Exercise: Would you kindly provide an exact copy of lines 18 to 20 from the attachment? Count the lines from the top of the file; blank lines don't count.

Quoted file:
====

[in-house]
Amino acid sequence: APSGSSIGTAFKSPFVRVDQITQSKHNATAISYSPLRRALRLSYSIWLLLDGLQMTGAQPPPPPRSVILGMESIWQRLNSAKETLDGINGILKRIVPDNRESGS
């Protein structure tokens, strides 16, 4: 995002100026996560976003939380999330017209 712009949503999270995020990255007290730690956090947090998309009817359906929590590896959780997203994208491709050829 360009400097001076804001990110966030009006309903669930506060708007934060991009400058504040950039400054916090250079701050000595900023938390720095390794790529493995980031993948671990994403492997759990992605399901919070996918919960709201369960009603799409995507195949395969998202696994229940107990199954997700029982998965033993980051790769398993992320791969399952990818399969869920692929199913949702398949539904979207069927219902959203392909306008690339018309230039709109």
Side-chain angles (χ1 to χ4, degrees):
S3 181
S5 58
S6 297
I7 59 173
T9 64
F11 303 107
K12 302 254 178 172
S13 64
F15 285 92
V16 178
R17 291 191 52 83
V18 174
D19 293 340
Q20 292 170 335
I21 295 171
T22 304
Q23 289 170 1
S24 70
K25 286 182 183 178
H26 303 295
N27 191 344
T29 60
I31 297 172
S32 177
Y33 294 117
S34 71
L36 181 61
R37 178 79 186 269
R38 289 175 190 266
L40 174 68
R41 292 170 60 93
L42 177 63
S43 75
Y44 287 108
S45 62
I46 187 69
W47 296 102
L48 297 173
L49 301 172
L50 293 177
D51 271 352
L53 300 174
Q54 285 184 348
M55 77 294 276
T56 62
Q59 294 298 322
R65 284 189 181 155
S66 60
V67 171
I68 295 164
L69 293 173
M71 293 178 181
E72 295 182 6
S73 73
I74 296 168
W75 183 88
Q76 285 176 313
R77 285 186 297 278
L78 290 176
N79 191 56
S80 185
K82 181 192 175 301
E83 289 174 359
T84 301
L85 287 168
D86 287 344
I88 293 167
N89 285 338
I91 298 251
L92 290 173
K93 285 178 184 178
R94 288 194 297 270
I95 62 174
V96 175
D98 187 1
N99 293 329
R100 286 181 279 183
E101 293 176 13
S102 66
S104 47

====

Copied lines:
Q20 292 170 335
I21 295 171
T22 304